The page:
But a major finding of Ashridge research is that not much has changed for women in business over the past 30 years. The number of women reaching the top is still very small – significantly less than 20 per cent are getting into board positions globally.
Ashridge Business School research, Understanding Women’s Careers, looked at what is blocking women’s path to the top and which factors help to build careers. It showed that despite policies and practices in place to support women, organisational attitudes are still hampering career progress. However, there is plenty that HR can do on a practical and cultural level so that women get their seat at the top table.
More recently, we (myself and Viki Holton, Research Fellow at Ashridge) surveyed over 1,400 female senior managers and directors and the results form the basis our new book Women in Business: Navigating Career Success. Nearly half believe it is harder for a woman to succeed in an organisation compared with male colleagues, while 49 per cent think men and women are treated differently in terms of leadership and behaviour. Having children remains one of the biggest hurdles to career development. A culture of long hours and extensive international travel can affect some women’s ability to fill certain roles.
Creating a culture that is women or even family friendly makes a real difference, but the approach to this in many organisations is informal or ad hoc – one example is where part-time or flexi working options are left to individual managers. A strategic approach would be much better. Also, a focus on early career development opportunities would help many women.
Such opportunities work as ‘career multipliers’ and help individuals stand out at the early stages of their careers. More of a focus on improving career development structures, systems and support for women, would help boost the number of female senior managers and directors. Appointing a board- level champion for diversity makes progress more likely, as it demonstrates to the business how important these issues are. It also means that sufficient staff and resources are allocated.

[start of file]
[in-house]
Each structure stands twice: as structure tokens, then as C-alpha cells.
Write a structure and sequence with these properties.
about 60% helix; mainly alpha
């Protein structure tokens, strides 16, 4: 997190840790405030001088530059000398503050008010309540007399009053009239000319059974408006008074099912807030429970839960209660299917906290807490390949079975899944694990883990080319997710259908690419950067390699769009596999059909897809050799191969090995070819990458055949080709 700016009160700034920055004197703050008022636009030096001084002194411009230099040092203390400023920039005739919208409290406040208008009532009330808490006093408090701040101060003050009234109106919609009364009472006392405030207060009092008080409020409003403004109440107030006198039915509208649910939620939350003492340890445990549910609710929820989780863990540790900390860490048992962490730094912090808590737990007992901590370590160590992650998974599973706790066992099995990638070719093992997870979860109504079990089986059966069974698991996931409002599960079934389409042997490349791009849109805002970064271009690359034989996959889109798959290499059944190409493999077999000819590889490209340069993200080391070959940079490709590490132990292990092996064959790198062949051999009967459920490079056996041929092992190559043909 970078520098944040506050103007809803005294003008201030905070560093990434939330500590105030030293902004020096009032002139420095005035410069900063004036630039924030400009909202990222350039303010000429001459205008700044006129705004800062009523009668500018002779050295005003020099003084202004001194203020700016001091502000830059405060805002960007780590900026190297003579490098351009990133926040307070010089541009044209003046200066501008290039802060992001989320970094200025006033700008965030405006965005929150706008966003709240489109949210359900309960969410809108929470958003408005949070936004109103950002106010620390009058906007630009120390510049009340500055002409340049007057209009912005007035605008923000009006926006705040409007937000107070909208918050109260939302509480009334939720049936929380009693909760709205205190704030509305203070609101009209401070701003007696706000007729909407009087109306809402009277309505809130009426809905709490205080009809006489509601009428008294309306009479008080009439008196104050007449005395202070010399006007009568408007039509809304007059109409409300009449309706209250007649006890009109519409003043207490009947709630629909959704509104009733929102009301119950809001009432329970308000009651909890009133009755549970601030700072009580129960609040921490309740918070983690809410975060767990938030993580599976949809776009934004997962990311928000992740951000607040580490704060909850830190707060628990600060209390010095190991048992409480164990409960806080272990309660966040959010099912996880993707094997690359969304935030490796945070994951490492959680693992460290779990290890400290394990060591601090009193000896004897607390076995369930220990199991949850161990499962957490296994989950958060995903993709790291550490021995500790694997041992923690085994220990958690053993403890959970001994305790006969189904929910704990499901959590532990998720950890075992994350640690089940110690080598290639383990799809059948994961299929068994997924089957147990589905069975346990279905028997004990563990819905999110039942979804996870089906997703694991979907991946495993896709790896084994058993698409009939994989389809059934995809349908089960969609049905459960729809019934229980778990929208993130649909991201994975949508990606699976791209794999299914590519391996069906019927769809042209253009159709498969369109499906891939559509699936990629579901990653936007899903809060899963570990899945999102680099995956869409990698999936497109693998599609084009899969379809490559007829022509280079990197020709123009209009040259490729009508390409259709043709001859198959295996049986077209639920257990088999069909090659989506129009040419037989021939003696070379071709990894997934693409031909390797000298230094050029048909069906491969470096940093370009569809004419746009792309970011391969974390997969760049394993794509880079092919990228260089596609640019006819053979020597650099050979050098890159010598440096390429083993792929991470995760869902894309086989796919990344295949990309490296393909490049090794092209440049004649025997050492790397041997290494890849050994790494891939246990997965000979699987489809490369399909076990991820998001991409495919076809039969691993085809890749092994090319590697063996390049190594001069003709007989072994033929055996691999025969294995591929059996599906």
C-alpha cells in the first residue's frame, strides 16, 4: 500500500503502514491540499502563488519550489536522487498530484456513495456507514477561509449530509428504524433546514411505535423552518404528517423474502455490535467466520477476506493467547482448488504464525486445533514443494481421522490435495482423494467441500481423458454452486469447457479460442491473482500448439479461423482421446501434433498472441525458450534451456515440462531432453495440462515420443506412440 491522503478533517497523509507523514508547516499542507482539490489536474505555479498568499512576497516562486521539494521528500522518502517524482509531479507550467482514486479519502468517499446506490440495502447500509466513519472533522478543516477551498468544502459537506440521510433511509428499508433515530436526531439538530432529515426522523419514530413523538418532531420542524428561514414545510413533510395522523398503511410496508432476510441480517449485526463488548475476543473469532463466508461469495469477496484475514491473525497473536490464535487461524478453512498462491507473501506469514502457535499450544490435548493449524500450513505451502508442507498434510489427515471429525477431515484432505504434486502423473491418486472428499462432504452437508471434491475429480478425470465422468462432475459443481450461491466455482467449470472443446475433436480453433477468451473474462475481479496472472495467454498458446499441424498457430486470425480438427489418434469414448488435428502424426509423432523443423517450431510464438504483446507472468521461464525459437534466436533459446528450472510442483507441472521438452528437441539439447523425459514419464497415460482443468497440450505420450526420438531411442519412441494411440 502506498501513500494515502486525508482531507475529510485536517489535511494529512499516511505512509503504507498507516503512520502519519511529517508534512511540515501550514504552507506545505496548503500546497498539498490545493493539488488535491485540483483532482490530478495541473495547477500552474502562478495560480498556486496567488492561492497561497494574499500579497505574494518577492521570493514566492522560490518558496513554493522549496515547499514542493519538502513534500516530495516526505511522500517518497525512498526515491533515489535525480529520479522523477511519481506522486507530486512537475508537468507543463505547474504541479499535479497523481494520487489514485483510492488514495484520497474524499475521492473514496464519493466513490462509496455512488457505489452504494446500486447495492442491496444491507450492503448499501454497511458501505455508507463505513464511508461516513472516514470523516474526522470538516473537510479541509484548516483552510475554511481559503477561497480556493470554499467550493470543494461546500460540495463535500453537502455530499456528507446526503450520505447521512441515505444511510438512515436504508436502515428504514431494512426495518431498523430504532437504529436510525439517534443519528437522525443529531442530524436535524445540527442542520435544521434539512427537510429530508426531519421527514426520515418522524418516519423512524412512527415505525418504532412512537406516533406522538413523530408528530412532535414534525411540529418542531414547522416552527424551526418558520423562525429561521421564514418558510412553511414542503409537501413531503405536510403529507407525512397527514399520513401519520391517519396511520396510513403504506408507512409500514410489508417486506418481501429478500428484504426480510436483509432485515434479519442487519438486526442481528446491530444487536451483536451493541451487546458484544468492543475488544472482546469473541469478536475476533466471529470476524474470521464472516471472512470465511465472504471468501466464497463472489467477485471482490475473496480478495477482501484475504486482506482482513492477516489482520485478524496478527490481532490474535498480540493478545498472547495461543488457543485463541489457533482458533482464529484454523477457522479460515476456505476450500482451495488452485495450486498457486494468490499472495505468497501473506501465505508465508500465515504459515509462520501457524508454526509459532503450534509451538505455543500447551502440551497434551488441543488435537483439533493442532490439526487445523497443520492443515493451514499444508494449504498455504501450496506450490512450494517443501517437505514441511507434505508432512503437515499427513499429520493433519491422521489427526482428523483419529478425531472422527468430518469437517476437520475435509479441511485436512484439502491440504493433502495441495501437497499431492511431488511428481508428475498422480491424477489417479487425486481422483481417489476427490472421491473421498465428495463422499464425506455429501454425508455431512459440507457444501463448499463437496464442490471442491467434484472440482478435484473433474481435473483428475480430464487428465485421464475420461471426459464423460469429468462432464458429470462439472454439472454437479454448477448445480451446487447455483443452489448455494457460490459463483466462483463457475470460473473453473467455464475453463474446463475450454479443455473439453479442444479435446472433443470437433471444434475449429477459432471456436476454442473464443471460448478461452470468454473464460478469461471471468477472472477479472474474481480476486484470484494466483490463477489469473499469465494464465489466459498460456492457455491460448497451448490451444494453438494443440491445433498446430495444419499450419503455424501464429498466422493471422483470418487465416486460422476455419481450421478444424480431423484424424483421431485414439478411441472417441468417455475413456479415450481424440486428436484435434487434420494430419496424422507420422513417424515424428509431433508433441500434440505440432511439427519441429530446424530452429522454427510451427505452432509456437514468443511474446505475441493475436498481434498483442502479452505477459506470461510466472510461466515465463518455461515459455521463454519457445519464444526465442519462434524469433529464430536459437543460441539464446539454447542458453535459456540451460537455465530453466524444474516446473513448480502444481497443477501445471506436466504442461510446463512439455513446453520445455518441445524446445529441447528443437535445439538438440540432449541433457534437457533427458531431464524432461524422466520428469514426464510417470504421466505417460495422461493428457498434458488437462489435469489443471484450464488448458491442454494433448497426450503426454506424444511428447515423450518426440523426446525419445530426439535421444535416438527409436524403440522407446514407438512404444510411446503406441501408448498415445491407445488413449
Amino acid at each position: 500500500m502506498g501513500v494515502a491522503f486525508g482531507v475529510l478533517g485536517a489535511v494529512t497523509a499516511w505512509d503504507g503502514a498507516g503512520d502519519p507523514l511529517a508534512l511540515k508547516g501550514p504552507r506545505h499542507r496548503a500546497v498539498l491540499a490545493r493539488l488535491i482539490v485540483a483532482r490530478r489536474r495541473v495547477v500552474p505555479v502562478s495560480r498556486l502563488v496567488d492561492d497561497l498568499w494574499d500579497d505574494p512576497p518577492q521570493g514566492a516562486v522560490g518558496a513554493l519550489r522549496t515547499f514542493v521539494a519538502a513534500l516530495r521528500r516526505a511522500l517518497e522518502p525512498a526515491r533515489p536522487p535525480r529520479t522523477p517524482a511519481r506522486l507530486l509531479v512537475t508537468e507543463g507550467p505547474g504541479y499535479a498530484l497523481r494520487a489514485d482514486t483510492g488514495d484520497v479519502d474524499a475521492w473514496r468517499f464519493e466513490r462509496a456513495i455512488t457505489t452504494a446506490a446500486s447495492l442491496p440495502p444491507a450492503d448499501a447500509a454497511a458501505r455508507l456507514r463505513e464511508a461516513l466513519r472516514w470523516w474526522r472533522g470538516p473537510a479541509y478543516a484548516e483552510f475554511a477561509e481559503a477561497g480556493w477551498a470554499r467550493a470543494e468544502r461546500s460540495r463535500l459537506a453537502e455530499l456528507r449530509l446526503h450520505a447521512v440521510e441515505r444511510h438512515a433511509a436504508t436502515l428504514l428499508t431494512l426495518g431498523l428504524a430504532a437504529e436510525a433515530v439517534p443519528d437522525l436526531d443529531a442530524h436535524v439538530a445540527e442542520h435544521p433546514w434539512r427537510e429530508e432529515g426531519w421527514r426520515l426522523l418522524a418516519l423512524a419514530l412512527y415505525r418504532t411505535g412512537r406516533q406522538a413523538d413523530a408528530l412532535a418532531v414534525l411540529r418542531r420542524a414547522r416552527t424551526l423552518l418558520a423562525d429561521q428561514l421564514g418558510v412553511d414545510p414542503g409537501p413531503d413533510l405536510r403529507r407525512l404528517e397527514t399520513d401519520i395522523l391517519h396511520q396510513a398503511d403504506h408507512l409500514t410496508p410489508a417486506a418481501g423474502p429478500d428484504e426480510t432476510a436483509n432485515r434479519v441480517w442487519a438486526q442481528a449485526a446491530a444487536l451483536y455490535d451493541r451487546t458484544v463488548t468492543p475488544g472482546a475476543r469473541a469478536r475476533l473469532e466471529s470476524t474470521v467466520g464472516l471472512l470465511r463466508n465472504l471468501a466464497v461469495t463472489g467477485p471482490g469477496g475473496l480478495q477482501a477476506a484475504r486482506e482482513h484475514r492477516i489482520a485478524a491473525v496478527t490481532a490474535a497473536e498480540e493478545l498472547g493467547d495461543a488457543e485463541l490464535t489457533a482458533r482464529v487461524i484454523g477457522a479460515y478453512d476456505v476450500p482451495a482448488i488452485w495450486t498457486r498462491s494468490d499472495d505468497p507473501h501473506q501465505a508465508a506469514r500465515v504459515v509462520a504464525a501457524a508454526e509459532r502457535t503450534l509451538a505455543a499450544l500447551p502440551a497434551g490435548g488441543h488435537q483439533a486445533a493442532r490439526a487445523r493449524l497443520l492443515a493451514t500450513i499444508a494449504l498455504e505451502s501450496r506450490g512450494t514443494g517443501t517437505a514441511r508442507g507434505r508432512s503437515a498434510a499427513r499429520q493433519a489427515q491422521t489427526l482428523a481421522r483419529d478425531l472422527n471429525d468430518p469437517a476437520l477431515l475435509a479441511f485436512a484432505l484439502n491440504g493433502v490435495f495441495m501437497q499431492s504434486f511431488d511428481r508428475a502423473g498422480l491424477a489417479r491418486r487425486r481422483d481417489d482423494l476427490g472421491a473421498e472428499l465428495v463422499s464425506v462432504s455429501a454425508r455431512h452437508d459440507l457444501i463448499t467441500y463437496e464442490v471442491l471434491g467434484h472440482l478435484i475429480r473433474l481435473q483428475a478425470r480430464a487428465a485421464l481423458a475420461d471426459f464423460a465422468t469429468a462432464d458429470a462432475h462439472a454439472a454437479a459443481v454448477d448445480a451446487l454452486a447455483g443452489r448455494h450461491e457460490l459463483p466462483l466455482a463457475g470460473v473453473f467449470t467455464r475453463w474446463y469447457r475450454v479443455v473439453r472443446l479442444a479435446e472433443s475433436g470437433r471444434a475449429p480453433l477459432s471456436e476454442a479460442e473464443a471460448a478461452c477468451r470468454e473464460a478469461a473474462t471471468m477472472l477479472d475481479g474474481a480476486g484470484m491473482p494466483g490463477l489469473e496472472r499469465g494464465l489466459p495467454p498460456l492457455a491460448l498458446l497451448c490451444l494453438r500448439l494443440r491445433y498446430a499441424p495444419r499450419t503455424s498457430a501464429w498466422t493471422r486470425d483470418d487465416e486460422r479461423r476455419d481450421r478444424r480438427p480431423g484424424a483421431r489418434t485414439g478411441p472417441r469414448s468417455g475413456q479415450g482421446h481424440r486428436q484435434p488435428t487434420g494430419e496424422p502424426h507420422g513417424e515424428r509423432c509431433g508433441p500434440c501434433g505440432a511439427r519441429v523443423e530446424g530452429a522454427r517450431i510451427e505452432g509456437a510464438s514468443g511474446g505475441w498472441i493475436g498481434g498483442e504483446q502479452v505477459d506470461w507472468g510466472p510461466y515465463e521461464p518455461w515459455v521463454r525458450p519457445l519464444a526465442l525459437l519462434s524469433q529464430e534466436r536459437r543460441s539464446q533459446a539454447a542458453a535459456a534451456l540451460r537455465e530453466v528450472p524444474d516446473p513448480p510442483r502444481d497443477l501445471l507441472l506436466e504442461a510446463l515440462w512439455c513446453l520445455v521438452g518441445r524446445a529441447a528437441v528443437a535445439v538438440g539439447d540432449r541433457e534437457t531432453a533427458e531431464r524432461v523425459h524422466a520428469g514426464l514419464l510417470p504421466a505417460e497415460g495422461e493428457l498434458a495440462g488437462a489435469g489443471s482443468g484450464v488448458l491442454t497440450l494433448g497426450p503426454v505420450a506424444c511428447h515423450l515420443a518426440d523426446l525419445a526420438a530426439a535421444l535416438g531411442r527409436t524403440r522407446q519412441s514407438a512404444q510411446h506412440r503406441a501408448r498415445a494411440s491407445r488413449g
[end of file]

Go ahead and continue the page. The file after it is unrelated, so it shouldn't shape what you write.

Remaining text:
The leadership programmes for women at Johnson & Johnson and at Novo Nordisk are good examples of a formal process to help women senior managers learn those key skills needed to propel their career to director level. A number of assumptions continue to be made about women, for example, managers often assume that women with children don’t want international assignments, or that women who choose to work part time are not interested in career progression. Organisations need to ask women what they want from their career, rather than guessing. Providing networks for women or encouraging women to join relevant networks can also fuel career progression.
To make a real difference to the number of women chairs and chief executives, and improve gender diversity, HR departments need to think about ways their organisation can become a diversity champion. HR directors need to identify issues that can make a difference before there is a level playing field. Here are some of our tips for organisations and individuals.
Organisations should work to:
- Ensure women have the opportunity to identify their career goals, ambitions and aspirations.
- Create an environment that supports and develops women (and of course the same is true for men).
- Be aware of the issues and organisational blockages to women’s progression and find ways to resolve these problems.
Advice for women – tips to get to the top
Be explicit – identify your career goals, ambitions and aspirations. Remember, you can adapt, develop and change these over time. Also, welcome opportunities when they arise and ensure you put yourself forward for key projects and assignments.
Find a good boss – recognise the important role your boss can play in your career success. Finding a good supportive boss is invaluable for developmental purposes.
Identify who can help – coaches, mentors and sponsors. Take every developmental opportunity offered to you and offer to develop others. Relationships and networks are important, too. Make your networks work for you by being actively involved in both internal and external groups.
Develop self-awareness – identify your major strengths, style, interests, values, beliefs and any areas you need to develop. Be open-minded to and welcome feedback from others to help you raise your self-awareness, confidence and self-belief.
Develop a career plan – create your personal brand and a personal pitch to share with others when appropriate.
Juggle the work-life balance – this is tough and needs careful planning. Recognise that there will be times when it feels unbalanced and others when you feel more in control. Find the strategies that work for you.